Perry, A., Tejada, J. M., & Melady, D. (2018). An approach to the older patient in the emergency department. Clinics in geriatric medicine, 34(3), 299-311.https://doi.org/10.1016/j.cger.2018.03.001
Shimoni, Z., Cohen, R., & Froom, P. (2020). Prevalence, impact, and management strategies for asymptomatic bacteriuria in the acute care elderly patient: a review of the current literature. Expert Review of Anti-infective Therapy, 18(5), 453-460.https://doi.org/10.1080/14787210.2020.1746642
Assignment: Branching Exercise: Cardiac Case 2
For this Assignment, you will review the interactive media piece/branching exercise provided in the Learning Resources. As you examine the patient case, consider how you might assess and treat patients with the symptoms and conditions presented.
â€¢ Review the interactive media piece/branching exercise provided in the Learning Resources.
â€¢ Will post this in files
â€¢ Reflect on the patientâ€™s symptoms and aspects of disorders that may be present in the interactive media piece/branching exercise.
â€¢ Consider how you might assess, perform diagnostic tests, and recommend medications to treat patients presenting with the symptoms in the interactive media piece/branching exercise.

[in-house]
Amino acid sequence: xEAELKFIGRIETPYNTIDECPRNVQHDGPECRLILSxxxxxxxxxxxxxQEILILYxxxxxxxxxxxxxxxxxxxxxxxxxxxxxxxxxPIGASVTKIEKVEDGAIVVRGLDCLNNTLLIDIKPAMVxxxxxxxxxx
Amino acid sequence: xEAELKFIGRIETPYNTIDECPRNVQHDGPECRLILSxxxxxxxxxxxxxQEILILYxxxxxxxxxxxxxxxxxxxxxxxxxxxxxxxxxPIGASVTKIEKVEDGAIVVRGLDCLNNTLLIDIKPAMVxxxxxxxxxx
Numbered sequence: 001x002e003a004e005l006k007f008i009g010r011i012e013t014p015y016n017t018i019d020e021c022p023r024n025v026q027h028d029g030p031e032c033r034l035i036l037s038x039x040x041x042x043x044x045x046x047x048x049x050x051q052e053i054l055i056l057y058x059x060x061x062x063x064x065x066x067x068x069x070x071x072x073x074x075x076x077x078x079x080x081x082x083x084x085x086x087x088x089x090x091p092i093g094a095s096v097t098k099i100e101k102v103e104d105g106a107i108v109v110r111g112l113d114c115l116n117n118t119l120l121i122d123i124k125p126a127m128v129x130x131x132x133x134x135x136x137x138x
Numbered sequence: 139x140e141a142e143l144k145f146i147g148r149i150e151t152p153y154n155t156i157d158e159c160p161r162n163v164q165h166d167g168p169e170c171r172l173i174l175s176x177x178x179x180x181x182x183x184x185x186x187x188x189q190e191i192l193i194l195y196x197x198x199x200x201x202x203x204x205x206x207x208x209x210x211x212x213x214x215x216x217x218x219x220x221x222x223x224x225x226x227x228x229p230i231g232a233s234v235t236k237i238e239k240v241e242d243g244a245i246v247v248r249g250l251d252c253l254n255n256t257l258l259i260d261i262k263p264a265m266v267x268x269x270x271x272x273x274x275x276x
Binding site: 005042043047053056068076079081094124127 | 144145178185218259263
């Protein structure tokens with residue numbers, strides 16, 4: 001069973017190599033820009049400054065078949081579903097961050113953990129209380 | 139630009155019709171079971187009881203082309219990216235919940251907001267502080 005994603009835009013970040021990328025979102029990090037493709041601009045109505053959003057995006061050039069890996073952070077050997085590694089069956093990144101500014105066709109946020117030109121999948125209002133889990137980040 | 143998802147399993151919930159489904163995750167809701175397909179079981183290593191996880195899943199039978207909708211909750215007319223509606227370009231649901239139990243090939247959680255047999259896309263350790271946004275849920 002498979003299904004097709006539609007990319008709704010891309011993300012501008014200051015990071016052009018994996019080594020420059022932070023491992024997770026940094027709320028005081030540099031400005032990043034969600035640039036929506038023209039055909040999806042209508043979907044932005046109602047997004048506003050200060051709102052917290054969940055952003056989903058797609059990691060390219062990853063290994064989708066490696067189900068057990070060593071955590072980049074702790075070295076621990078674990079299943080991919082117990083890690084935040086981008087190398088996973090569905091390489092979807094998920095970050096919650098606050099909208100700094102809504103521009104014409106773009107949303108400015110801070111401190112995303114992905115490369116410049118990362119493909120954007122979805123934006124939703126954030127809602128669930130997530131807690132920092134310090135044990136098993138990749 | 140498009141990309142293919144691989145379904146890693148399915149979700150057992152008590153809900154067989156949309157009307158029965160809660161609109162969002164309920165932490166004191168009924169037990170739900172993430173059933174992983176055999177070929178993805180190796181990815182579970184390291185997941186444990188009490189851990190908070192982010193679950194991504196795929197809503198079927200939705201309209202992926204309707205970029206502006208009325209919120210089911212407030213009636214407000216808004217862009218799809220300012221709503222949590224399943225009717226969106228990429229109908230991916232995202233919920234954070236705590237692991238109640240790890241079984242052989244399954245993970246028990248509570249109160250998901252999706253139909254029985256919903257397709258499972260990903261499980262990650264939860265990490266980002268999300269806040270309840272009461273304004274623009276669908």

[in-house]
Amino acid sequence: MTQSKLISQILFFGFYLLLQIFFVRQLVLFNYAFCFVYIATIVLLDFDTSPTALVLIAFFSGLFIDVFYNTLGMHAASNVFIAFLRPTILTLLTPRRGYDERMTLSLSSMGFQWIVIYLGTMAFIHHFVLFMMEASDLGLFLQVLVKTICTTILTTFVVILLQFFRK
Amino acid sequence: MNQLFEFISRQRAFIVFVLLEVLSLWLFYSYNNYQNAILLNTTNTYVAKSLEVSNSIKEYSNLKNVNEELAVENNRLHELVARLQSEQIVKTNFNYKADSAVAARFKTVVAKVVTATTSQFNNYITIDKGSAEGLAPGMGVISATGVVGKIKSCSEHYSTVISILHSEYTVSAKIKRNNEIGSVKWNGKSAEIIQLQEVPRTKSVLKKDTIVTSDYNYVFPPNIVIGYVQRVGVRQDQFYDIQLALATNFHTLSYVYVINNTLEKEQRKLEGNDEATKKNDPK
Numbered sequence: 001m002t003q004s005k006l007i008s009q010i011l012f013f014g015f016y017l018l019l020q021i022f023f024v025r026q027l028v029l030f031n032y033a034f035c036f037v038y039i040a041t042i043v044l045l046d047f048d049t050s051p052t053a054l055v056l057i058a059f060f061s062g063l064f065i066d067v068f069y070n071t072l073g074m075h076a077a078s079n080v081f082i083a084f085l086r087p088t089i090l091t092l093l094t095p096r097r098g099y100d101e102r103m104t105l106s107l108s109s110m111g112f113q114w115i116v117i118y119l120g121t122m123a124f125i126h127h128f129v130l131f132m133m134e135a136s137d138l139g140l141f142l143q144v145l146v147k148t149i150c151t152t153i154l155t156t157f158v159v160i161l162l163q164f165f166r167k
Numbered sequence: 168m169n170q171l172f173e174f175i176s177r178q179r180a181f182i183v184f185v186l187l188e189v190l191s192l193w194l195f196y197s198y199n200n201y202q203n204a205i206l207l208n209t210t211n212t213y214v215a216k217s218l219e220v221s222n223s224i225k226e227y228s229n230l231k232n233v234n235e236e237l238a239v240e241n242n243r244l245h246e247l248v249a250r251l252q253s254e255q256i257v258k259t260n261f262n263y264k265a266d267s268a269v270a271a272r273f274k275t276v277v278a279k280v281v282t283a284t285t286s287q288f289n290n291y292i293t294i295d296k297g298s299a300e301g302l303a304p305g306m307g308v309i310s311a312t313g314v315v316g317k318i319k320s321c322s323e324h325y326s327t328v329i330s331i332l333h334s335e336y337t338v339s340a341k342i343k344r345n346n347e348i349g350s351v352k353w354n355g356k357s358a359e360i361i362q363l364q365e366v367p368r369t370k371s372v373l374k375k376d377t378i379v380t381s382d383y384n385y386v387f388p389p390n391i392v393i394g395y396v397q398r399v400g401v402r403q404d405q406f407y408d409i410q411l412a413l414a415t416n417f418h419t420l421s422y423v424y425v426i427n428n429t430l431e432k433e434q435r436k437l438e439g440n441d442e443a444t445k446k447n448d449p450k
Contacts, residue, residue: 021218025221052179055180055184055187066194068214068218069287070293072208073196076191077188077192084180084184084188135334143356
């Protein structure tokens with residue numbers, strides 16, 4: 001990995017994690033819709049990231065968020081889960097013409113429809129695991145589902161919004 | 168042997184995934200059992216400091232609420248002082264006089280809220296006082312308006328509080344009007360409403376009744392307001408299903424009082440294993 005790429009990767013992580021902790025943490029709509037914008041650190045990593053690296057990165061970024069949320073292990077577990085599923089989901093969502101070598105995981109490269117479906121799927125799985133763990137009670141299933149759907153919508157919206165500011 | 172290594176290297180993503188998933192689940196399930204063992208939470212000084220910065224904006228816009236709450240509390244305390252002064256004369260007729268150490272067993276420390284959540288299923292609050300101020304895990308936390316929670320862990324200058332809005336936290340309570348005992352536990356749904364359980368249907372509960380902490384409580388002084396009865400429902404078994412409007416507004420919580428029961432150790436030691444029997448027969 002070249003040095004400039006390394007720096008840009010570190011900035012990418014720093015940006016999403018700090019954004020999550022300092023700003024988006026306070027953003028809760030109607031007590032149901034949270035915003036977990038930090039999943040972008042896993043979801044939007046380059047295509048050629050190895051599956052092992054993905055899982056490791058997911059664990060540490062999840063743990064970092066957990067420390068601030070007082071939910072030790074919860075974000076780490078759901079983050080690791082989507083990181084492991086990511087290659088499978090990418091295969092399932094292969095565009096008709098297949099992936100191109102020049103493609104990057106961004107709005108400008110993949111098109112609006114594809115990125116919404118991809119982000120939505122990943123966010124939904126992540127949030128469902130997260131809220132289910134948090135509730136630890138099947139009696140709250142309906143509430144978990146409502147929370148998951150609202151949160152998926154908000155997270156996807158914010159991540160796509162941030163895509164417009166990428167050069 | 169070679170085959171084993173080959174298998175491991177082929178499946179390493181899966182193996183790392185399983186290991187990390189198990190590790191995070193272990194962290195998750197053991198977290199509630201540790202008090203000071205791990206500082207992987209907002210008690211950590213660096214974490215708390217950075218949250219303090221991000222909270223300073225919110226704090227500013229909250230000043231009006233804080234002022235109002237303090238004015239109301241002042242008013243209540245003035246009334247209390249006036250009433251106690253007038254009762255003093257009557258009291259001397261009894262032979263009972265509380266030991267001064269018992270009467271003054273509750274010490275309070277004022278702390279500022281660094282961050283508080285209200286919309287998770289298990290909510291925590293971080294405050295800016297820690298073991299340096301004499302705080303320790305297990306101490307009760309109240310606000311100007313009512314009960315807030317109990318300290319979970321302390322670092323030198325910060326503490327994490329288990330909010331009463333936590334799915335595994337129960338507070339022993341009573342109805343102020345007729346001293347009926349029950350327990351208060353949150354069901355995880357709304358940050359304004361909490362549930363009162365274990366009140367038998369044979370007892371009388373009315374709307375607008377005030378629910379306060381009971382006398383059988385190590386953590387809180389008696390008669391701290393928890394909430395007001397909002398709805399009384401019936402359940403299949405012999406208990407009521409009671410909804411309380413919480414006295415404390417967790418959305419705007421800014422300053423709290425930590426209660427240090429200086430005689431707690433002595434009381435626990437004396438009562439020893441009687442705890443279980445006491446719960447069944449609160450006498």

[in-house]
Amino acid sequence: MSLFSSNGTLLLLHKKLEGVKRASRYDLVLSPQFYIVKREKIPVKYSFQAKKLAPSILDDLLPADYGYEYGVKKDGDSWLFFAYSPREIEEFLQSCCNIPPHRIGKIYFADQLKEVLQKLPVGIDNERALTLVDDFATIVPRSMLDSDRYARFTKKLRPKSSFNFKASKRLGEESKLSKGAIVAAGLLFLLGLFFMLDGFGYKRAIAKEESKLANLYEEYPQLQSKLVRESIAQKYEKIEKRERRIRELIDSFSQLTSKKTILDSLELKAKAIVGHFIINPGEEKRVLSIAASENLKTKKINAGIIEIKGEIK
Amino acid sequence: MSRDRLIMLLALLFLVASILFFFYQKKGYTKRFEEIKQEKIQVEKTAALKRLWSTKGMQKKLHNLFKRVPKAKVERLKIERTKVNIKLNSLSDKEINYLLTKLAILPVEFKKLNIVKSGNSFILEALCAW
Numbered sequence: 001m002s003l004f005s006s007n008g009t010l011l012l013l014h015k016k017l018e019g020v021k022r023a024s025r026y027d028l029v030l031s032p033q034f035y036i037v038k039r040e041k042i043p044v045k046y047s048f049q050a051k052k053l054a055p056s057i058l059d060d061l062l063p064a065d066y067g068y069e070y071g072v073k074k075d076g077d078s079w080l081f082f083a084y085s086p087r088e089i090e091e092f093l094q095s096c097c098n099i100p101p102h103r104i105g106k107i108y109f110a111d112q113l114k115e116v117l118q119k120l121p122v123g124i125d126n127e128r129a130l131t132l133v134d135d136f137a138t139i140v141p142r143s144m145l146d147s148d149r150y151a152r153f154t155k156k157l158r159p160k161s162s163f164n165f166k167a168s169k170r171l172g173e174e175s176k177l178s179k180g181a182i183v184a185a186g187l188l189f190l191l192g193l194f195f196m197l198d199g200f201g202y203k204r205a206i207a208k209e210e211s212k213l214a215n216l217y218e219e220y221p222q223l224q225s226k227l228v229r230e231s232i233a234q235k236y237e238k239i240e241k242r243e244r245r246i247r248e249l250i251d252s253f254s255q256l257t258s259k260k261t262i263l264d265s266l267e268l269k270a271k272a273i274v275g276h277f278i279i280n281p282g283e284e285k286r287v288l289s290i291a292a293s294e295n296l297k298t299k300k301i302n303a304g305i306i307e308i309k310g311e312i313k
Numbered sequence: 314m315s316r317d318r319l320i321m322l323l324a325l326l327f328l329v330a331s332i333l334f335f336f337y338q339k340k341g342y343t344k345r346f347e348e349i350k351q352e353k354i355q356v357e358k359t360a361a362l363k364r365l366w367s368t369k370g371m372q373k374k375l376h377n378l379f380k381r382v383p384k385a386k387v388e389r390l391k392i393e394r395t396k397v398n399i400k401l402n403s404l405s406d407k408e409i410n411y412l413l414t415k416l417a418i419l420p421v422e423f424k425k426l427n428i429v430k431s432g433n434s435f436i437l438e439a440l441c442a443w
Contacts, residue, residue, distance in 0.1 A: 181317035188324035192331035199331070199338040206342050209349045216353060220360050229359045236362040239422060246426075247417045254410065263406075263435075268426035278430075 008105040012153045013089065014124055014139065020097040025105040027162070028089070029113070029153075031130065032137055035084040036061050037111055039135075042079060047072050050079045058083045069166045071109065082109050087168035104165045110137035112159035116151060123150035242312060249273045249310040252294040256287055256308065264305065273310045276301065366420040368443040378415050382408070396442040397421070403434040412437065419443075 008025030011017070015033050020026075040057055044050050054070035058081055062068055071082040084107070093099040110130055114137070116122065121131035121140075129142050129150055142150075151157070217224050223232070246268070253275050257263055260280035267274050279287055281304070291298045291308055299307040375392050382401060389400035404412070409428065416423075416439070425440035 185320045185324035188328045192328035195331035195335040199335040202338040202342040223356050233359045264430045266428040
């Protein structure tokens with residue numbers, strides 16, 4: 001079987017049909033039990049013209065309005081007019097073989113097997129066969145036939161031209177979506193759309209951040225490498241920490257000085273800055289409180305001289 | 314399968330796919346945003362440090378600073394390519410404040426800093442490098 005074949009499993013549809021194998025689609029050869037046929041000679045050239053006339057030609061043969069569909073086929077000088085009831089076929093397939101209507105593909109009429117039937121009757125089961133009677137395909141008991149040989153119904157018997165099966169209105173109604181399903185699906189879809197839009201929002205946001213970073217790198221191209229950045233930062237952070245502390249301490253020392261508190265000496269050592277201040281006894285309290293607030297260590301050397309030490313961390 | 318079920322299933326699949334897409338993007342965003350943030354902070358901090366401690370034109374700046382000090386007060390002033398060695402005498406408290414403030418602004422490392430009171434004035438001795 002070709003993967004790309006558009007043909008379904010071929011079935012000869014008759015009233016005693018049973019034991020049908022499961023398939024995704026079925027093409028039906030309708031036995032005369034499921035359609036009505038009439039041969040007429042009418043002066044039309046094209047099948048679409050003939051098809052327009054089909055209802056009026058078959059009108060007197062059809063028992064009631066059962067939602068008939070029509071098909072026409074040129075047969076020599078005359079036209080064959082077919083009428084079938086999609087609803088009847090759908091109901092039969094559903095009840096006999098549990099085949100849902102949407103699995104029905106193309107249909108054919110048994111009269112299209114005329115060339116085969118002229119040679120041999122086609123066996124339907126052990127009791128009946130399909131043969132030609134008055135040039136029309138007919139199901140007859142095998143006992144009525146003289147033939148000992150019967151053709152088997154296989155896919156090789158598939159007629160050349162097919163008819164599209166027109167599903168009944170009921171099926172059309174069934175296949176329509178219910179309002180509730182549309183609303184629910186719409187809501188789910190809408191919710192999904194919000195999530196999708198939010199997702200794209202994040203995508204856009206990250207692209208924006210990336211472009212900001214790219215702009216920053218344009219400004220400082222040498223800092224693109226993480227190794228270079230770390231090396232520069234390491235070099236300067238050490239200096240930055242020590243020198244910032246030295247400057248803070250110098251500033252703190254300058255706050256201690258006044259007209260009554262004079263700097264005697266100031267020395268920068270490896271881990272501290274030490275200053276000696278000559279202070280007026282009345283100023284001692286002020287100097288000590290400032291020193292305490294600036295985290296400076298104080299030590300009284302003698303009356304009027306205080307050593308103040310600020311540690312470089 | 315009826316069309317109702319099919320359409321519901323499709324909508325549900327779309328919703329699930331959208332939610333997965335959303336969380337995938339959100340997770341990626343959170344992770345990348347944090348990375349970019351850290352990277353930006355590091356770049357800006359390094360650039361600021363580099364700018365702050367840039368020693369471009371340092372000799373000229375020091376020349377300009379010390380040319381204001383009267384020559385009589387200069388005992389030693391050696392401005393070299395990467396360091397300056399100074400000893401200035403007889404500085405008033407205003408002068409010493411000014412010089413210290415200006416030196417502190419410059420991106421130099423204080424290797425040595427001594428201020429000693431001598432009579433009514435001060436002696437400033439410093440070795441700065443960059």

â€¢ You will be asked to develop a set of admission orders based on the patient in the branching exercise.
Using the Required Admission Orders Template, write a full set of admission orders for the patient in the branching exercise.
â€¢ Be sure to address each aspect of the order template
â€¢ Write the orders as you would in the patientâ€™s chart
â€¢ Make sure the order is complete and applicable to the patient
â€¢ Any rationale you feel the need to supply should be done at the end of the order set â€“ not included with the order
â€¢ Please do not write per protocol. We do not know what your protocol is and you need to demonstrate what is appropriate standard of care for this patient.
â€¢ A minimum of three current, evidenced based references are required.